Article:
AES Huntington Beach logo Links to CEC Processes, Mor Info and Join Us CES Processes Brochure Join Us form

Project Updates

October 12, 2019

Dear neighbor,

We have received a number of calls and emails regarding the startup activities at the AES Huntington Beach Energy Project (HBEP).  We hear you and want you to know that we take your concerns very seriously. 

We would like to address a few of your concerns. We fired up the first turbine on October 4 and the second and final turbine on October 11. This is the part of the process where we need to test the systems for the first time in order to bring on the pollution control equipment.  This is called "early commissioning."  It will be over by October 26 at the latest.   

During some of the initial commissioning, our neighbors may have experienced increased noise, a brief period of odor, and visible air emissions (sometimes called "plumes") from the new stacks.  This is temporary and not part of normal operations.

These temporary conditions are part of a very short but necessary period to bring the systems online.  The commissioning activities happening now were permitted by the California Energy Commission and the South Coast Air Quality Management District (SCAQMD).  AES' air permit allows for emissions without controlled measures in place during the short start-up period.  As part of the multi-year permitting process, it was established that the start-up activities will not cause significant risks with respect to air quality.

Unfortunately, two notices of violation (NOVs) were received at HBEP over the last week by the SCAQMD. These NOVs did not relate to air pollution; they were about the shade of the plumes (referred to as "opacity").  AES understood these plumes as being covered by its air permit.  To make sure the issue was completely resolved, AES went to the SCAQMD and received an approval (called a "variance") that exempts AES from the opacity rules during the short start-up period.  During this short period, AES will be monitoring the plumes at all times and reporting to the SCAQMD every hour that the plumes reach a certain level of darkness. 

The early start-up process has two main phases: the first is "first fire" and second is the "steam blow" phase.  When the turbine is started up, for the first approximately 30 minutes you may have seen a plume from the new stack that appeared whitish in color as the residual material in the boiler is burned off.  This residual material consists of dust or dirt and oily residue left over from the manufacturing and construction process.  During that first start up, there may be an odor.  It is similar to when a new oven is turned on for the first time.  Again, this lasts only a half hour or so. 

After the first few minutes of start up, you may now and then see plumes from the stacks that appear to be a shade of yellow in color.  This largely consists of oxides of nitrogen that are caused by the combustion of natural gas.  The plumes will only last for a short temporary period while AES brings on the pollution control systems.  Again, the air emissions during this period will not exceed acceptable levels of risk or air quality standards.

In addition, during the steam blow phase, you may see steam plumes from a different part of the plant.  These don't come from stacks.  These are just puffs of water-based steam, different from the startup plumes from the stacks.  These blows are very loud, but they will only occur intermittently throughout the early start-up process.  Steam blows may occur 24 hours per day in a close-loop cycle. However, open air Steam Blows will occur intermittently between the hours of 8 a.m. and 6 p.m. This creates a large steam plume and is louder than the close-loop cycle blows. A loud hissing sound will be heard during open air Steam Blows; however, both close-loop and open blow Steam Blows will create some noise.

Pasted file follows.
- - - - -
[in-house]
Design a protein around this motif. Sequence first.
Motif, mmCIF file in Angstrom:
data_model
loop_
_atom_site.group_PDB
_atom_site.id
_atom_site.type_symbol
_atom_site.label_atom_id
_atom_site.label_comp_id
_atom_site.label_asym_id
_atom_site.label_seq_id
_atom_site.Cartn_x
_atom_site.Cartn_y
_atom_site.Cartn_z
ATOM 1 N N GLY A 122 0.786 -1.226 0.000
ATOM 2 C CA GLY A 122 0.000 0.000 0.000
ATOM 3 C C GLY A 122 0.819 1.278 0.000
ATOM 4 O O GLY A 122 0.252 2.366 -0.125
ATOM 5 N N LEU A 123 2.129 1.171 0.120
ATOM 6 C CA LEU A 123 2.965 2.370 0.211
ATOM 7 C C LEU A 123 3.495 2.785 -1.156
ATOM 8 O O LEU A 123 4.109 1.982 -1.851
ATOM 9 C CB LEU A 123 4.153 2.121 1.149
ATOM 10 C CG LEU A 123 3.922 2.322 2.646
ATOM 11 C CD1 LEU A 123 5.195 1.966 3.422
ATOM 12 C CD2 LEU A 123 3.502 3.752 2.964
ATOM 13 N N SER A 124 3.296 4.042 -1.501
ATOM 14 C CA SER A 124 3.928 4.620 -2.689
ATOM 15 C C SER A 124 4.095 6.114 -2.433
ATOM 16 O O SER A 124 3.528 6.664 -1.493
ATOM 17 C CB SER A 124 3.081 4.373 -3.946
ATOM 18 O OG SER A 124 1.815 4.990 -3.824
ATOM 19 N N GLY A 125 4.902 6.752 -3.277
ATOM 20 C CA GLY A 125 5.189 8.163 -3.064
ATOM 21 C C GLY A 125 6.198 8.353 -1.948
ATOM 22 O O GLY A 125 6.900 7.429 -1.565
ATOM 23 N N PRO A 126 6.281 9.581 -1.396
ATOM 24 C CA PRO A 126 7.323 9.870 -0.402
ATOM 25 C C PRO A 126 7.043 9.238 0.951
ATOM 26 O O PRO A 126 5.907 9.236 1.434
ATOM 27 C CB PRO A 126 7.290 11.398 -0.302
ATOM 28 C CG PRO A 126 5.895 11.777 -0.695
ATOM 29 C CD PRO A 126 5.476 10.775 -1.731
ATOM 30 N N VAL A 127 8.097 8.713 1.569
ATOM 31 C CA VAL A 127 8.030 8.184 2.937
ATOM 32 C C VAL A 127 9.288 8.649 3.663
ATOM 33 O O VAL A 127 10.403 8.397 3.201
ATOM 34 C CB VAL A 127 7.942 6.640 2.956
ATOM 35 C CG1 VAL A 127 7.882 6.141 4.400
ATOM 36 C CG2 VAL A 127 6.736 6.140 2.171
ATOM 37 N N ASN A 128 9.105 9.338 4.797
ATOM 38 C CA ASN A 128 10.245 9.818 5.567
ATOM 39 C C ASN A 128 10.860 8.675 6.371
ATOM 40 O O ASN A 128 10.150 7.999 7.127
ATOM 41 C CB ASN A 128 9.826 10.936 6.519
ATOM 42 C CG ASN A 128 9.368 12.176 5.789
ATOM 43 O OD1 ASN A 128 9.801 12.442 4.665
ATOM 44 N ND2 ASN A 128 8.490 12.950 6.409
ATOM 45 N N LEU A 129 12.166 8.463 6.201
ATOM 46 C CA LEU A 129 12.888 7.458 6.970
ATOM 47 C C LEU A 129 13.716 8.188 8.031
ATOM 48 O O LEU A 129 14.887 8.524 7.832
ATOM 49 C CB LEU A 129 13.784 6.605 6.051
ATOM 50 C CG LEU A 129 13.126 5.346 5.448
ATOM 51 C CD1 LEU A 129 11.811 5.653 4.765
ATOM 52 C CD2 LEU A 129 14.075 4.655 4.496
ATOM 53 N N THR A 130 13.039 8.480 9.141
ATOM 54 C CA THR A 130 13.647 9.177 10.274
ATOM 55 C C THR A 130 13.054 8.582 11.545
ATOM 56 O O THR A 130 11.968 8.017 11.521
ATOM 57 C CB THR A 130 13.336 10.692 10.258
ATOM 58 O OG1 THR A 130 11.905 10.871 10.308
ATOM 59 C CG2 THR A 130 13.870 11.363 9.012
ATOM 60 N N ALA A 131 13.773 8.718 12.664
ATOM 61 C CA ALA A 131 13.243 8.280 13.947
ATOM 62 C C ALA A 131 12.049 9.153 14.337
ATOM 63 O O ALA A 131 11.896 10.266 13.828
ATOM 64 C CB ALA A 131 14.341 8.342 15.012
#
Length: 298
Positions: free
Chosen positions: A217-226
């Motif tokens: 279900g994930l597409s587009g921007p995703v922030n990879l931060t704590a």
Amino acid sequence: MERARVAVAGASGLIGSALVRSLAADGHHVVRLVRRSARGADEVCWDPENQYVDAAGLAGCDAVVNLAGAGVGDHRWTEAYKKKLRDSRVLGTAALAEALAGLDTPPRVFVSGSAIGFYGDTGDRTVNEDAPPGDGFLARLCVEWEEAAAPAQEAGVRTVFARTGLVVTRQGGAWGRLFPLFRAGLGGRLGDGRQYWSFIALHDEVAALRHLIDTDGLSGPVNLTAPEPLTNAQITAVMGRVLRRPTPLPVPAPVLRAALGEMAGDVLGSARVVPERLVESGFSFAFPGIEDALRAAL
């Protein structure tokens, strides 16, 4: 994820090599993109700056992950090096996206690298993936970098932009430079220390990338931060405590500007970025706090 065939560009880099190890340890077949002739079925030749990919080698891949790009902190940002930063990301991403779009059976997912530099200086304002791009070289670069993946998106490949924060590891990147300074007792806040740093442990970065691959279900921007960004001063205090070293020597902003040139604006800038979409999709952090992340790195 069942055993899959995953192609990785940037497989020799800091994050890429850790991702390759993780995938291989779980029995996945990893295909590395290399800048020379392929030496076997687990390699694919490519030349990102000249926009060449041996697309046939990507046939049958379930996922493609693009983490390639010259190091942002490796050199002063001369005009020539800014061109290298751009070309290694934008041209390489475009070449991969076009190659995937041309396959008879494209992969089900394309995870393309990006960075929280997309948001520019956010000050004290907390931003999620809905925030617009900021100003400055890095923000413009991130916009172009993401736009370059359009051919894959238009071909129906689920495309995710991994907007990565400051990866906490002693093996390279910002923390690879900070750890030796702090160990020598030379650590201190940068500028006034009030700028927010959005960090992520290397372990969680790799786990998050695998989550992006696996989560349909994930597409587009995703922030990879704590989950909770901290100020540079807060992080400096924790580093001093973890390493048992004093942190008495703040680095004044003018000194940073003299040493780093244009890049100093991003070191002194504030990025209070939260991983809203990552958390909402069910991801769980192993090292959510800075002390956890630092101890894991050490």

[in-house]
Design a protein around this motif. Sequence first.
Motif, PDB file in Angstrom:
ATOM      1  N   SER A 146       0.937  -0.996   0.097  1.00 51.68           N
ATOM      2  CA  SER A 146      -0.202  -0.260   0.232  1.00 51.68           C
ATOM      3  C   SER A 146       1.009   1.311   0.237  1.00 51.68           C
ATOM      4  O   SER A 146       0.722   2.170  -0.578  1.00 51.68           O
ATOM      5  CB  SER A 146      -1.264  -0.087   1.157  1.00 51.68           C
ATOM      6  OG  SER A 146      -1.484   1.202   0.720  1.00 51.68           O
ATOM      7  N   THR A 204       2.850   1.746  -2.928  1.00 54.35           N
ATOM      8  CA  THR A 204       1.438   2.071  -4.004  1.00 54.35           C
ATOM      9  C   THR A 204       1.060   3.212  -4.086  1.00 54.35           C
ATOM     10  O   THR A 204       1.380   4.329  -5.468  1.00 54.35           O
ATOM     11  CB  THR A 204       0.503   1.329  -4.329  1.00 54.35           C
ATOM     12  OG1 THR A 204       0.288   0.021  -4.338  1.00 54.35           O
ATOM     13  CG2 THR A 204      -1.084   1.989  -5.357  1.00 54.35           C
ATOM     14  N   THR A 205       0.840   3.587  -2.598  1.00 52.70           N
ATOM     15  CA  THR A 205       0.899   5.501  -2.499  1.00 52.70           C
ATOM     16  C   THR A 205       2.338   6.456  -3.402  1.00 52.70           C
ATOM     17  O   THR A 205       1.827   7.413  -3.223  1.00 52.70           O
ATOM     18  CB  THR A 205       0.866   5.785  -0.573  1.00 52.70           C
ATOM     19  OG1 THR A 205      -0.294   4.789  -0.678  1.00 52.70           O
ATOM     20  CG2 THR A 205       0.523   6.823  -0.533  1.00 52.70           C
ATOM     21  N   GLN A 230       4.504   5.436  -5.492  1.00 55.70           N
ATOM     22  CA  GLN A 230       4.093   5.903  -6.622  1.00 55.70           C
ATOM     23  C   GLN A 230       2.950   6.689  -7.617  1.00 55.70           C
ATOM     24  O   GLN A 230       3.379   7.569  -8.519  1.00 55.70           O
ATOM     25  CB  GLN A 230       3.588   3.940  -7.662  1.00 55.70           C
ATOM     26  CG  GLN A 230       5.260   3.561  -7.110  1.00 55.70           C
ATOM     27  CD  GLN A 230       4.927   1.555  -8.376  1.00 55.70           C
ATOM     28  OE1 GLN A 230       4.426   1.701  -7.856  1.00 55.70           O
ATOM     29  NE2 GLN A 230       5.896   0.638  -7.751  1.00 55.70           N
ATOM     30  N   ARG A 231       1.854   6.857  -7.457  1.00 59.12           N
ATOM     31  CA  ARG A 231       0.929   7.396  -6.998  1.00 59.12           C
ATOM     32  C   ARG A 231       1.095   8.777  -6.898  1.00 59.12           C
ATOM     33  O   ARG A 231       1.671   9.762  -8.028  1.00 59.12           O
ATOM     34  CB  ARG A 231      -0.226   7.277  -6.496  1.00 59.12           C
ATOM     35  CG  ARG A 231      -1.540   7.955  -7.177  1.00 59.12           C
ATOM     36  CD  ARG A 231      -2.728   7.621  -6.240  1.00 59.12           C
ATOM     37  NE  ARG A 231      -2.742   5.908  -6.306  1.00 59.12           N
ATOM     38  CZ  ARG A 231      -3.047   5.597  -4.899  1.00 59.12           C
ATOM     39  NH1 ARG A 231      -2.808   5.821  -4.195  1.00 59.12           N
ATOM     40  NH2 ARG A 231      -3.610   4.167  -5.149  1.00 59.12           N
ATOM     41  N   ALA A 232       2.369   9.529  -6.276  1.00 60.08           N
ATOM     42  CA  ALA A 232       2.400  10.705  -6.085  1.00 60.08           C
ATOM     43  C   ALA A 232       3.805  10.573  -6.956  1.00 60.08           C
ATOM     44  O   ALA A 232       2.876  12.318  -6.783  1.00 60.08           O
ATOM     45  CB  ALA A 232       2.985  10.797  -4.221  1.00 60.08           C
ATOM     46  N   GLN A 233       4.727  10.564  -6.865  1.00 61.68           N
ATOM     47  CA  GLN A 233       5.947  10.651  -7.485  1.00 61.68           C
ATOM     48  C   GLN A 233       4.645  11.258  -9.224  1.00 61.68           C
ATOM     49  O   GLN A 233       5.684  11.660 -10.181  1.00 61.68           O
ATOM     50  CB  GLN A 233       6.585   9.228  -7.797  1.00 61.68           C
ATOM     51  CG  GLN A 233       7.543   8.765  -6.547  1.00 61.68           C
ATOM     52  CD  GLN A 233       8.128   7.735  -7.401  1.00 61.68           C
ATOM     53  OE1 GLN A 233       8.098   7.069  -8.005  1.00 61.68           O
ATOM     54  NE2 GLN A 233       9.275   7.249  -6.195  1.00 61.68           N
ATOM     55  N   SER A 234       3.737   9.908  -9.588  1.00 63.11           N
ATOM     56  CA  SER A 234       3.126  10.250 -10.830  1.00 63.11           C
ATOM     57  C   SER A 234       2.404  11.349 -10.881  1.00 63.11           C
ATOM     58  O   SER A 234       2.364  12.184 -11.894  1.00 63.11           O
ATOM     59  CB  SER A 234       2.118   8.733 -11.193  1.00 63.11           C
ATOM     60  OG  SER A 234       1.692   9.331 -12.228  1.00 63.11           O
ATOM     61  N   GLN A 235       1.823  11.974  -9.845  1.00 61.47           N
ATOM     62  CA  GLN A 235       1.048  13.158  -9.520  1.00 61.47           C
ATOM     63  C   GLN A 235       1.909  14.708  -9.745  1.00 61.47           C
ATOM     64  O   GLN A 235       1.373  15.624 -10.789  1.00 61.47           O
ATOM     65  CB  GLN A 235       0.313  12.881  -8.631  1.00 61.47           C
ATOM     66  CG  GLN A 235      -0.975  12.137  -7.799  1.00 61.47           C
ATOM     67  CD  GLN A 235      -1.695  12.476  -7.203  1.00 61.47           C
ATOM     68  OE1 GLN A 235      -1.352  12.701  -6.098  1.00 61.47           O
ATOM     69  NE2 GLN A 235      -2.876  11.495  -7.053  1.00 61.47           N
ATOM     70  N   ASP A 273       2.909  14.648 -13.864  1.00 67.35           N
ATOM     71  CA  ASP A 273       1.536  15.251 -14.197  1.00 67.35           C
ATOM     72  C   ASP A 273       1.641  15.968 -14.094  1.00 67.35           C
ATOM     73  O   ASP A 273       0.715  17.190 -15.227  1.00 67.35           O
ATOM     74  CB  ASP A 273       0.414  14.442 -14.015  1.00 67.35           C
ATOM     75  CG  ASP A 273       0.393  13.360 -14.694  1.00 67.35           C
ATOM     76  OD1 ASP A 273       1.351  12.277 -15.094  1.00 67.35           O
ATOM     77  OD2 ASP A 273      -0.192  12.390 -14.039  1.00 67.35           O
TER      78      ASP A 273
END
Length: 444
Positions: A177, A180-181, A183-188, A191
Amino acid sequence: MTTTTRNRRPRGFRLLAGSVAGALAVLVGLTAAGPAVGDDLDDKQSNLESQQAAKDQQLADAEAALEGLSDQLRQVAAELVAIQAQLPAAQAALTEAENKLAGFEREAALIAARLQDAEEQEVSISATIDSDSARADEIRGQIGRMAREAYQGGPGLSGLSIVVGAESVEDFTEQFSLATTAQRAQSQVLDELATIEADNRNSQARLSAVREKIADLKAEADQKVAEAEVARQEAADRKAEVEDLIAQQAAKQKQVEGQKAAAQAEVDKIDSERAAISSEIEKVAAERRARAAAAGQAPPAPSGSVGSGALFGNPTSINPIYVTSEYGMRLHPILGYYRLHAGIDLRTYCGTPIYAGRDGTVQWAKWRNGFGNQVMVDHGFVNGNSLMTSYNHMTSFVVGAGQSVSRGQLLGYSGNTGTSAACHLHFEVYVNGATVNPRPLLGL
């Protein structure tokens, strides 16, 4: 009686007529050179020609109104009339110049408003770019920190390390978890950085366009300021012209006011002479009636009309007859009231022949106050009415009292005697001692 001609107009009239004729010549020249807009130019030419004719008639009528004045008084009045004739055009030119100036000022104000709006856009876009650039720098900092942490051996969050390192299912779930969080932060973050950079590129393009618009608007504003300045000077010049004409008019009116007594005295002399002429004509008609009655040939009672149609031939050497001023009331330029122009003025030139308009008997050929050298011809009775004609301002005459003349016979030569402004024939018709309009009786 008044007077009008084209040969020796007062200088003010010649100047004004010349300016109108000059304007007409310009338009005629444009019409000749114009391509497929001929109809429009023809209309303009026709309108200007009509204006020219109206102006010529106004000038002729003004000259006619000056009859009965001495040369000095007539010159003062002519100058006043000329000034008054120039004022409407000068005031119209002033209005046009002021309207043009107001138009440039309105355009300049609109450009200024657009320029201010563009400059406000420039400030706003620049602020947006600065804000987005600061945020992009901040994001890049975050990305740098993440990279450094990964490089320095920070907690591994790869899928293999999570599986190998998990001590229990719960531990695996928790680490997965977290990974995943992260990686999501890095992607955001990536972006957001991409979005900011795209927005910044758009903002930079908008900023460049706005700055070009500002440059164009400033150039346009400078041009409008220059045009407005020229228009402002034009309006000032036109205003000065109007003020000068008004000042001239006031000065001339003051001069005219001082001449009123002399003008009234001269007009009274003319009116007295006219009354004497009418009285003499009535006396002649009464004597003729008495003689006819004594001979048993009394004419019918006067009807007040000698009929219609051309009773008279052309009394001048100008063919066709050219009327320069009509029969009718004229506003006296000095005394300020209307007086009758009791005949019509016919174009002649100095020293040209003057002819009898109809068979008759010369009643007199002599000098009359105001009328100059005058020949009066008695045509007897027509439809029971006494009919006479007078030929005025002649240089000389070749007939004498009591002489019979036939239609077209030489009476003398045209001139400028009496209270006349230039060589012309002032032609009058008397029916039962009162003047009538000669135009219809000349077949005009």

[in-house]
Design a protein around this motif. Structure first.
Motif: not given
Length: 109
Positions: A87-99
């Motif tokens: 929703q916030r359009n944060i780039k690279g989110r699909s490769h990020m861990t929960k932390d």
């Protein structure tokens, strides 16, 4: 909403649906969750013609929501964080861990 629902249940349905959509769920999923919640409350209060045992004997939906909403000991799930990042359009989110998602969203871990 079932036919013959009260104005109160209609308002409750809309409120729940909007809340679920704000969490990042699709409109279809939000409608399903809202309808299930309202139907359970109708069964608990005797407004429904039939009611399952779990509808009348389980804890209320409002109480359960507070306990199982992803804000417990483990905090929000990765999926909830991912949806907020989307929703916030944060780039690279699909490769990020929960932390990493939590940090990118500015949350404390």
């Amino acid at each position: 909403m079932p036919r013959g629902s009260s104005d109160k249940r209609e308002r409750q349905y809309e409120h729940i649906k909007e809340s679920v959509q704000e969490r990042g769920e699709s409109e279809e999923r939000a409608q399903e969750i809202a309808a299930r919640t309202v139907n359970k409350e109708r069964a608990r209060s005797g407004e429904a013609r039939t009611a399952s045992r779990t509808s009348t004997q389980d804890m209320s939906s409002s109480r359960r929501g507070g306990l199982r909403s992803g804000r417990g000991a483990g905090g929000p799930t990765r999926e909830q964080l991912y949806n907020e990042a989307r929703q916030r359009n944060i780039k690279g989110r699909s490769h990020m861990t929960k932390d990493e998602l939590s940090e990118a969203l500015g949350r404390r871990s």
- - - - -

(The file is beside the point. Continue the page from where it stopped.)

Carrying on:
I want to reiterate that this is temporary.  This will not be part of normal operations. Once in operation, the new power plant will be much better and cleaner because the plants built in the 1950s will be replaced by new technology that will reduce emissions and environmental impacts and provide for greater electrical reliability.  So please pardon any temporary disturbance while we bring these new plants online.

For more information, please visit us at   If you have any questions or concerns, please contact us at or (888) 372-5633.  You can also report any concerns at 1-800-CUT SMOG (1-800-288-7664).

Dalia Gomez
(888) 372-5633

August 30, 2019


We are now about 95% complete with construction of the Huntington Beach Energy Project (HBEP) and preparing for the next phase of the project, commissioning and start-up activities.

In the commissioning phase all critical systems and components of the new plant, from high-voltage electrical systems to pumps, fans and compressors will be tested and 'commissioned' to insure they meet their design specifications and can operate safely and effectively. Cold commissioning, which has been going on since January, ensures that all equipment is fitted, connected and operating correctly within the HBEP. Hot commissioning is the first start up and testing of the plant with fuel (natural gas). This will be the 'first fire' of the new plant, the first time that natural gas is combusted in the gas turbines and the first time steam is produced to clean and test the entire steam system in the plant. Hot commissioning of the HBEP will include, first fire of the gas turbines, Steam Blows, Steam Purity Run, and the Initial Steam Turbine Run before the final performance testing of the entire plant.

Timeline image

To learn more about commissioning and start-up activities, click here for the More Info page, where you will find the HBEP Commissioning and Start-Up Activities Frequently Asked Questions (FAQ).


Dalia Gomez
AES Community and Public Affairs Manager

Construction Timeline